The First Study on 'Abortion Reversal' Landed Three Women in the ER

Anti-choice advocates claim medication abortions can be “reversed” halfway through. But not completing the abortion pill regimen can be life-threatening, according to new research.
misoprostol pills
James Keyser / Getty Images

For years, anti-choice advocates have promoted the unfounded idea that medication abortions can be “reversed” halfway through the procedure. If a patient changes their mind after taking the first abortifacient drug—mifepristone—they can forego the second, misoprostol, and instead take several doses of progesterone to continue the pregnancy, according to the theory.

This claim hasn’t just been promoted through anti-abortion activism and crisis pregnancy centers, but legislated, too: Currently, six states—Arkansas, Idaho, Kentucky, South Dakota, Utah, and Virginia—have laws requiring providers to inform patients that they can request this “abortion reversal” treatment should they have misgivings about their decision to terminate, a phenomenon that is exceedingly rare.


While doctors have long contended that “abortion reversal” is nothing more than a myth intended to stigmatize the procedure, up until recently the treatment remained virtually untested. Now, new evidence shows that attempting abortion reversal can result in severe blood loss that could be life-threatening.

The findings are the result of the first-ever randomized, controlled clinical study on abortion reversal, conducted by researchers at the University of California, Davis, and published in the journal Obstetrics & Gynecology.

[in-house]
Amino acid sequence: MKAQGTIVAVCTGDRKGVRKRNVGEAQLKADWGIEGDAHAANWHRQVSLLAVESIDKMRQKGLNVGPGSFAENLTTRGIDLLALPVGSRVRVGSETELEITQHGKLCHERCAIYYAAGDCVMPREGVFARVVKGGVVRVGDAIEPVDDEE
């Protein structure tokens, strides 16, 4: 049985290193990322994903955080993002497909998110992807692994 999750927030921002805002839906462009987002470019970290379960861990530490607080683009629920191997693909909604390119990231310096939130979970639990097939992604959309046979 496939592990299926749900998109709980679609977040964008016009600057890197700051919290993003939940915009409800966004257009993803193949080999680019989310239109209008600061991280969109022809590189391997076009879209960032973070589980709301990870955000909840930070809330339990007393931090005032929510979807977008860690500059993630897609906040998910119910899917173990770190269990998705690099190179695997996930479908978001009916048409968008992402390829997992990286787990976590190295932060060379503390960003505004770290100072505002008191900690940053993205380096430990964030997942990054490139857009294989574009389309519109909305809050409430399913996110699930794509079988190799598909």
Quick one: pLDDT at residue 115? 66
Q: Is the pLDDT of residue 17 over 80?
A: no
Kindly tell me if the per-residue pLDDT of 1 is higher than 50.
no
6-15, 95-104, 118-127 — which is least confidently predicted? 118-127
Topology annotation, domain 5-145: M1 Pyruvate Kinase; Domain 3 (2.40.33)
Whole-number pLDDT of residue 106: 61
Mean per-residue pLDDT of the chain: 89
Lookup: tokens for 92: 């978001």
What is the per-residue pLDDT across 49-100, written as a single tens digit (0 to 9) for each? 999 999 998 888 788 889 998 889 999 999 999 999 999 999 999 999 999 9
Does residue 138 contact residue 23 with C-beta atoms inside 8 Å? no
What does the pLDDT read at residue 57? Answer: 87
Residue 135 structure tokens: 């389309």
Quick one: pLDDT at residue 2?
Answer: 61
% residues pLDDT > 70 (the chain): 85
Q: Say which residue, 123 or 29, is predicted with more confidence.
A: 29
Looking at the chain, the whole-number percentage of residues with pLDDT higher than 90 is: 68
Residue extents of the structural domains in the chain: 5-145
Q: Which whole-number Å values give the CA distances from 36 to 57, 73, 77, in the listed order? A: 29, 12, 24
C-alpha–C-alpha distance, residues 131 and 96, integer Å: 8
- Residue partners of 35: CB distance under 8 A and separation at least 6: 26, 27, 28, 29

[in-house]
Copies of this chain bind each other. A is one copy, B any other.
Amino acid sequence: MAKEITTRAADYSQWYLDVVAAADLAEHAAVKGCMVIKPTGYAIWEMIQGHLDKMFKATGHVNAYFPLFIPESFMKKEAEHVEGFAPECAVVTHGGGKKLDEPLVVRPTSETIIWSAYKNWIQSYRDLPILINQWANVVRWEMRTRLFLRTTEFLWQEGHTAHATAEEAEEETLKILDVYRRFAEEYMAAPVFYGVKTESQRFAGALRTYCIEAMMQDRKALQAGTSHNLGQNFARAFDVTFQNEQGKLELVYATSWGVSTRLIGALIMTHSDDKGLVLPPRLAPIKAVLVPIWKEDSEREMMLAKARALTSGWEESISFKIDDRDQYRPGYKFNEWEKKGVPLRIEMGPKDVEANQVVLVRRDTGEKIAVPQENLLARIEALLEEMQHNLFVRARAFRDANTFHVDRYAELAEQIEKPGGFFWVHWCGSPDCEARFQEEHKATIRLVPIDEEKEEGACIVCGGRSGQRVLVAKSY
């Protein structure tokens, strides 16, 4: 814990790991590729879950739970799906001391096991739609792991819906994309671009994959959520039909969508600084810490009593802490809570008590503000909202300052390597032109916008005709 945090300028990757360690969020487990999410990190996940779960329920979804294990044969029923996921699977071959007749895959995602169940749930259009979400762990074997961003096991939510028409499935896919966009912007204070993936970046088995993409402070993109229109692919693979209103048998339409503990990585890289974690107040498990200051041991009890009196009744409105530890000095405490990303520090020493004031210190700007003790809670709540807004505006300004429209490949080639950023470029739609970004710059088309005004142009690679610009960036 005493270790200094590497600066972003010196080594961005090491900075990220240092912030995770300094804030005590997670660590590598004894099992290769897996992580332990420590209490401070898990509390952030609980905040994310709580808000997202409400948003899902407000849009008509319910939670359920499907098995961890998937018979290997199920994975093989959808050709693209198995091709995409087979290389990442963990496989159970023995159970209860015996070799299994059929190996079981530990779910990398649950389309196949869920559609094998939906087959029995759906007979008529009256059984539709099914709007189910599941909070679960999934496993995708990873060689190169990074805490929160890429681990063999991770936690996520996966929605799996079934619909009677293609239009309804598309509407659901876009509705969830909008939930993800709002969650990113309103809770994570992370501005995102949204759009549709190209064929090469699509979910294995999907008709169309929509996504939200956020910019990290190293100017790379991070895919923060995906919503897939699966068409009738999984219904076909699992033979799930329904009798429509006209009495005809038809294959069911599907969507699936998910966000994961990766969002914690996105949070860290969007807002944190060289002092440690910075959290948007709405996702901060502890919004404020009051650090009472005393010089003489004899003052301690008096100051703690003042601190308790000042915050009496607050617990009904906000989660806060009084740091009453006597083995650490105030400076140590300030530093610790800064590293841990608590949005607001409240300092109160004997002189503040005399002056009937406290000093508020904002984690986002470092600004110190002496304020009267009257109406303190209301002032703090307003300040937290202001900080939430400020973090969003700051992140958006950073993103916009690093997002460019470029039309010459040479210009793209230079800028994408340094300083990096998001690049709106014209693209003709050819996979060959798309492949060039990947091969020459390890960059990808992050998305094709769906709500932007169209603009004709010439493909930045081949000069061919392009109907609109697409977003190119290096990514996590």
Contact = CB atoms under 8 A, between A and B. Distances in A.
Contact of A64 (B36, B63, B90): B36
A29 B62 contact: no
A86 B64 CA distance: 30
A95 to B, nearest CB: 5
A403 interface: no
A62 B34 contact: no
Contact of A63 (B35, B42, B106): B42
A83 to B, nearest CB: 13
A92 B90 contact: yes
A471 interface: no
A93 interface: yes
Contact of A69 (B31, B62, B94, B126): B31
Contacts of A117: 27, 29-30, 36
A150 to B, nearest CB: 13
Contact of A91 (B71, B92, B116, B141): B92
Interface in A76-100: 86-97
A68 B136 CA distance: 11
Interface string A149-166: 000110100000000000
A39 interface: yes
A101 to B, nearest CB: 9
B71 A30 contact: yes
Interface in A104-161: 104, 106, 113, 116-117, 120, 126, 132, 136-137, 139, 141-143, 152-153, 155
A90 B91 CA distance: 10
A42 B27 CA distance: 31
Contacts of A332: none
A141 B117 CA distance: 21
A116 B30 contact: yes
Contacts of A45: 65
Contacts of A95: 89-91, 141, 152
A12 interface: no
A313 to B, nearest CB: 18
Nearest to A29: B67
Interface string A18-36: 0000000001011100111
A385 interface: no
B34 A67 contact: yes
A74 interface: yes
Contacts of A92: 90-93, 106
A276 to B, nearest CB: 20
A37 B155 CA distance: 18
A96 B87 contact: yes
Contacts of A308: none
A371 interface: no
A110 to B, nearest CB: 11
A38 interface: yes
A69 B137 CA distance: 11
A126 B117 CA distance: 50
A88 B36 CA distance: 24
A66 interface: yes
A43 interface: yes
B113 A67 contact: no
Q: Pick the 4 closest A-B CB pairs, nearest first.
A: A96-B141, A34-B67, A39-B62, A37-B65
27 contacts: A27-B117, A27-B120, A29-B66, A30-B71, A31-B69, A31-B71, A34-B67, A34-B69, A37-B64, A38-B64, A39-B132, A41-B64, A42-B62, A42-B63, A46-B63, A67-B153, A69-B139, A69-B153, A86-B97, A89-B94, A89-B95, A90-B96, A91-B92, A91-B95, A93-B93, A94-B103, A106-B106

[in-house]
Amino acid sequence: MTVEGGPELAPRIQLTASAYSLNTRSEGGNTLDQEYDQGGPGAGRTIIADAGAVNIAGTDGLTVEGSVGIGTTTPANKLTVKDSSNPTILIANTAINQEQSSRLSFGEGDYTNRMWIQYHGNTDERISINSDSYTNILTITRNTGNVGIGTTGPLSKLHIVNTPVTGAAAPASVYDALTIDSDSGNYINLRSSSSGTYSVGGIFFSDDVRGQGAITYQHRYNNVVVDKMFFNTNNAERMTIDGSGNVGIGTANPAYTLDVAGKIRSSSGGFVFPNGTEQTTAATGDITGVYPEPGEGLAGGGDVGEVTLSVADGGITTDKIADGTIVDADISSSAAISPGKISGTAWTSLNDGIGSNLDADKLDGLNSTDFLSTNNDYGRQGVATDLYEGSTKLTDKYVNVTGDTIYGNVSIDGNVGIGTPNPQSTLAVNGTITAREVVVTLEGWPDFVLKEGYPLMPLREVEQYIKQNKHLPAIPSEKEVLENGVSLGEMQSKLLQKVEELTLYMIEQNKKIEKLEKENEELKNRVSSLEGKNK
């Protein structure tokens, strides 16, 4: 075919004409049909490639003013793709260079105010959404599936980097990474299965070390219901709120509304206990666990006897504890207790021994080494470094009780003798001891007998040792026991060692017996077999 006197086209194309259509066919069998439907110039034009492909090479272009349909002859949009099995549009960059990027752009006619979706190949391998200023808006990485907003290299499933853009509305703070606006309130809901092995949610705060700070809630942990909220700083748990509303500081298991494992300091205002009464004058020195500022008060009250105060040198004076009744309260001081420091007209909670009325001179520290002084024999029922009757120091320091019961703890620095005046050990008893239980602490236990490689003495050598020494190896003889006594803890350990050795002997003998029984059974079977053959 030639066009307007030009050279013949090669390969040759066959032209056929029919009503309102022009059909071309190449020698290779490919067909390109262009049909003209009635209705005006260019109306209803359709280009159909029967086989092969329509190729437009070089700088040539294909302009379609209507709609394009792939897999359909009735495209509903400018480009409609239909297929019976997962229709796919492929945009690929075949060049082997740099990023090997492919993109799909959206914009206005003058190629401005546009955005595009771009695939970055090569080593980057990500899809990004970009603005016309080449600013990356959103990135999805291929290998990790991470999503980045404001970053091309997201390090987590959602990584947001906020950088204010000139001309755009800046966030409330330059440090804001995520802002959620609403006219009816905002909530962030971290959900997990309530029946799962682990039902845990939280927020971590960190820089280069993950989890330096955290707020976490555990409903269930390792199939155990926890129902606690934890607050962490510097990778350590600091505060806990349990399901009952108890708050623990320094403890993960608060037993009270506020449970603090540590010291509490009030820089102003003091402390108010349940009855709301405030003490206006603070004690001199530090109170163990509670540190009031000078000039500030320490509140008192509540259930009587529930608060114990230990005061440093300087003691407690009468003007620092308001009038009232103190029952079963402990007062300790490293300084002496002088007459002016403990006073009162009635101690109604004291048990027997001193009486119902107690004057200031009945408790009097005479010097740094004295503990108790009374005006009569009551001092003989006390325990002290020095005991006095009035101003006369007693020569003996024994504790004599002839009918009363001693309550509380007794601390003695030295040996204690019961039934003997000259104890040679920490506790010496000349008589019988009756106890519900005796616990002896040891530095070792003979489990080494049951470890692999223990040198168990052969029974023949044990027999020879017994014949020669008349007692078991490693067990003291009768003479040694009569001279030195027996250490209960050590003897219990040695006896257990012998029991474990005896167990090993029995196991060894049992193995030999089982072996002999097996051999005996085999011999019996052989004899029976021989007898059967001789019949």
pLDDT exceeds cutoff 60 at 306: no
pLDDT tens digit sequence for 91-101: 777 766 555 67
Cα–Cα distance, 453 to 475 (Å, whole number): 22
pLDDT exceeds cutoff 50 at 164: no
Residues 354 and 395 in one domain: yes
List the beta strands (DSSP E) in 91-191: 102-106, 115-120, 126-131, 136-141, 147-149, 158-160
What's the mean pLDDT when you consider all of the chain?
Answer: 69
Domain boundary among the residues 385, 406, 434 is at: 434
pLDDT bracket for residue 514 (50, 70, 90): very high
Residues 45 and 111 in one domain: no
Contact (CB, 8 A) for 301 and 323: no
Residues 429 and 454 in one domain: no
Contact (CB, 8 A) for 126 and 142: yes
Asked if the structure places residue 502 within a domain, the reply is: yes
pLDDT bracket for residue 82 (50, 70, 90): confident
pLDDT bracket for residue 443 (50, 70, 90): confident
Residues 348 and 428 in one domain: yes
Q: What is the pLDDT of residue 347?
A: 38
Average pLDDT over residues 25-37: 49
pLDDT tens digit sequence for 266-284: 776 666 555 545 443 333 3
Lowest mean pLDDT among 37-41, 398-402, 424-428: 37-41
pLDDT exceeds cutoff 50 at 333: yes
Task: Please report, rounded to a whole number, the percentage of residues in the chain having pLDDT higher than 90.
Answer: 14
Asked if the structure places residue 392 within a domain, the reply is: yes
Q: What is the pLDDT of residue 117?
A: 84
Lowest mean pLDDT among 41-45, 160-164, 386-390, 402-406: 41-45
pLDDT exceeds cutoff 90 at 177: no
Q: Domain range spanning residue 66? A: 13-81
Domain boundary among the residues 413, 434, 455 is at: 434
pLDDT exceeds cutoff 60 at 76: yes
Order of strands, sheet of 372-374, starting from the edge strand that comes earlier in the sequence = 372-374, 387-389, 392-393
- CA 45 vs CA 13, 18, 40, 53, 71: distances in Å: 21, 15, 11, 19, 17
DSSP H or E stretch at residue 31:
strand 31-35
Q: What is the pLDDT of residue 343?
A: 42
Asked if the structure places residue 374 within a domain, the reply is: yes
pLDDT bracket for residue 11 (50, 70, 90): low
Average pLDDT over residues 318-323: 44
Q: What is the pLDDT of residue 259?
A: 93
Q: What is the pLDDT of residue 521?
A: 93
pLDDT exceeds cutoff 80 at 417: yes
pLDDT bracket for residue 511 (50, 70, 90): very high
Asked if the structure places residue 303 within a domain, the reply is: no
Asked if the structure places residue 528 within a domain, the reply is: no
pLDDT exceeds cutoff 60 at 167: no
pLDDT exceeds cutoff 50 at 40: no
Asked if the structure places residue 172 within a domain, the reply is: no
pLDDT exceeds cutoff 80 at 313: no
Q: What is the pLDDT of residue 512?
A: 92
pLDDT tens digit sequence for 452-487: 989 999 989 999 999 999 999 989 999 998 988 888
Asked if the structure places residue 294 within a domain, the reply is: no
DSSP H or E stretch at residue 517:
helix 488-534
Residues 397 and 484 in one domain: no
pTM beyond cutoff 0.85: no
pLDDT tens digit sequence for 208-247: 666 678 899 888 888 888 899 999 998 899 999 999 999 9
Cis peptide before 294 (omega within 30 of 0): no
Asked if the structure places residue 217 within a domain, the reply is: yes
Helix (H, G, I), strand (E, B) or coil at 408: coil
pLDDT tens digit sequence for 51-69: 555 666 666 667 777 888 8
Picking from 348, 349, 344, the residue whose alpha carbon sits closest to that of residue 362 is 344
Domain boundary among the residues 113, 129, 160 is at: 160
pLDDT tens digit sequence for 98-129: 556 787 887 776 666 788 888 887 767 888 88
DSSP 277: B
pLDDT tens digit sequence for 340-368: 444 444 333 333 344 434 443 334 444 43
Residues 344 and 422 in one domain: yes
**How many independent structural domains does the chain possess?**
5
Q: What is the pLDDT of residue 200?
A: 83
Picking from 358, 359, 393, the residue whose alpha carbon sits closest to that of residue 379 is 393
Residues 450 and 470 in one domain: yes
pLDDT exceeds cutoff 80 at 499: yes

Originally, researchers set out to enroll 40 women in the study, who were already scheduled to have in-clinic abortions and consented to delaying the procedure for two weeks to test the abortion reversal method. These women would take a dose of mifepristone and then follow it up with either a placebo or progesterone. But researchers halted the study prematurely, after just 12 participants had been enrolled, when three women experienced vaginal hemorrhaging, or excessive bleeding, and needed to be taken to the ER via ambulance; one woman needed a blood transfusion. Two of them had received the placebo, and the other had received doses of progesterone. (On its own, mifepristone only stops the embryo from developing, while misoprostol is necessary to initiate uterine contractions to expel the pregnancy.)

Mitchell Creinin, the study’s lead researcher and a professor in the Obstetrics and Gynecology department at UC Davis, said that though his paper doesn’t definitively debunk abortion reversal as ineffective, it shows that there are serious risks associated with not following through with the two-drug medication abortion regimen once it’s begun.